Isaiah Berlin believed that some human values would always clash, so it is perhaps no surprise that his legacy continues to divide opinion today. To adapt an old Jewish joke, get three people to talk about Isaiah Berlin, and get five different points of view.
To some, he was a liberal hero, the Russian-Jewish intellectual whose wit and brilliance allowed him to storm the barricades of British academe. To others, he was a Zionist champion and eloquent advocate for the Jewish state. Some also know Berlin for his important contributions to liberal theory (notably his Two Concepts of Liberty, still the starting point for political philosophy undergraduates around the world).
But Berlin has his detractors as well. Many on the left believe him to have been an establishment sycophant whose vague liberal musings were seized on as justification for nasty Cold War undertakings. Others point out that Berlin never produced a major book, indicative of a second-class mind and an inflated reputation. They say he was a man who spent far too much time gossiping and social climbing to be of lasting importance.
In truth, Berlin was all of these things and more. There can be few to whom the famous Walt Whitman line is more applicable: “Do I contradict myself? Very well then, I contradict myself. I am large, I contain multitudes.”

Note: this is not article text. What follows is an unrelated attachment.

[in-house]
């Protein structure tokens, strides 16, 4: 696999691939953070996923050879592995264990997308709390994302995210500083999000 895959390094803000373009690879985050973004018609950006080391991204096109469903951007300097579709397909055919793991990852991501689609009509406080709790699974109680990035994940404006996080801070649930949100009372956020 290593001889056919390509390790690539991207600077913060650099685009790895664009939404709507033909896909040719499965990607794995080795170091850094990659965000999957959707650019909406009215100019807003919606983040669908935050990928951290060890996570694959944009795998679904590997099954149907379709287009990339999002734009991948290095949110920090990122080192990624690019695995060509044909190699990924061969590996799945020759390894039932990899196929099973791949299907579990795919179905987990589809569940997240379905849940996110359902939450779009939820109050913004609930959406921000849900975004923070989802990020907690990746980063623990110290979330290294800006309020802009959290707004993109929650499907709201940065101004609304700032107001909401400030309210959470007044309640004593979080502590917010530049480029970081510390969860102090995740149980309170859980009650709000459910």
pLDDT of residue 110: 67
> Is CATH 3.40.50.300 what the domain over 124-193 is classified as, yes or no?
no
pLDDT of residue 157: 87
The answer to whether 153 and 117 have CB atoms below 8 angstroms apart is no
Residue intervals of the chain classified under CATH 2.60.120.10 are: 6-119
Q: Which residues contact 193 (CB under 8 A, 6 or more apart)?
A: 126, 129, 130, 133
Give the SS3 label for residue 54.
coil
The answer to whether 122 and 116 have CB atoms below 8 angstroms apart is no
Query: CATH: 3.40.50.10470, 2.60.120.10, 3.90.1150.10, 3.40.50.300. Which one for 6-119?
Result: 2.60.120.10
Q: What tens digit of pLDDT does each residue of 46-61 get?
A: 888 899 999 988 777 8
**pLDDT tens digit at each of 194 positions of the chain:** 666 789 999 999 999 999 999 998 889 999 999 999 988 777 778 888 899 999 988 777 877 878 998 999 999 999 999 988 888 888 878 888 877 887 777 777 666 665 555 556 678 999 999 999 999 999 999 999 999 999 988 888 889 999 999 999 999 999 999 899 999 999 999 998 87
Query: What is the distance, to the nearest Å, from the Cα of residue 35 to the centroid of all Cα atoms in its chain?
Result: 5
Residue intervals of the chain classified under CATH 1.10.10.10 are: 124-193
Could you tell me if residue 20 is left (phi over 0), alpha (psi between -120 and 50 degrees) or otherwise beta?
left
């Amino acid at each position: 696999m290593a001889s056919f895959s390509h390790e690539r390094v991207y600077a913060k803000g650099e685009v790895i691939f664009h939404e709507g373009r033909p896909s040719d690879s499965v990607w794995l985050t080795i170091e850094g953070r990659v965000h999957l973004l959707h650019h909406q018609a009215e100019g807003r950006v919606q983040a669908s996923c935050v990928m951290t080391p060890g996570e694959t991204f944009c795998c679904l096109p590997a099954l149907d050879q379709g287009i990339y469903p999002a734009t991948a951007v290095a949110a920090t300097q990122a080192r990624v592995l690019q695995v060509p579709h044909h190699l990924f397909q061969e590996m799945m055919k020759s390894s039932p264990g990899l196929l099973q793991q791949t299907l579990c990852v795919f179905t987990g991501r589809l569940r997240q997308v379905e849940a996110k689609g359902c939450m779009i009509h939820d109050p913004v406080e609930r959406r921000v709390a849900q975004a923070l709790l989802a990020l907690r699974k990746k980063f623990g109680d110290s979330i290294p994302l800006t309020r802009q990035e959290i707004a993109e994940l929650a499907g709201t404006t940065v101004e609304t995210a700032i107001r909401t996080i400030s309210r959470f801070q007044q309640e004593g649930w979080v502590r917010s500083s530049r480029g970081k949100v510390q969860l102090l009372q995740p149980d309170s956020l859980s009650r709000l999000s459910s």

One thing most can agree on is that Berlin was one of the great raconteurs of his age, and this third and latest batch of his correspondence does not disappoint. All of his multitudes and contradictions are present.
He remonstrates with Teddy Kollek over the execution of Adolf Eichmann, dines with JFK on the first day of the Cuban Missile Crisis (“very romantic, rather terrifying”) and “imposes himself” on David Ben-Gurion at Sde Boker. He founds Wolfson College, Oxford, perhaps his greatest achievement, and exposes his own inadequacies, complaining that all he can produce are “little fragments” and no “solid work”.
Also present here is his famous letter objecting to the proposed appointment of Isaac Deutscher to a chair in Soviet Studies at Sussex University. He describes the Marxist intellectual as “the only man whose presence in the same academic community as myself I should find morally intolerable” (Berlin later denied that he had scotched Deutscher’s candidacy).
Most notably, this volume includes, for the first time, some of Berlin’s correspondence with his wife, Aline. This reveals a passionate and loving soul who quickly became lonely when separated from the comfort of his Oxford home.
The eloquence, charm and bitchiness will be familiar to students of Berlin, but what is most remarkable about these letters are their versatility. He switches instantly from catty Oxford gossip to grand Zionist statesman, and then again to loving husband or stepfather. Each on their own might make for an interesting collection of letters; together they represent a fascinating insight into the life of a towering figure in 20th-century British public life.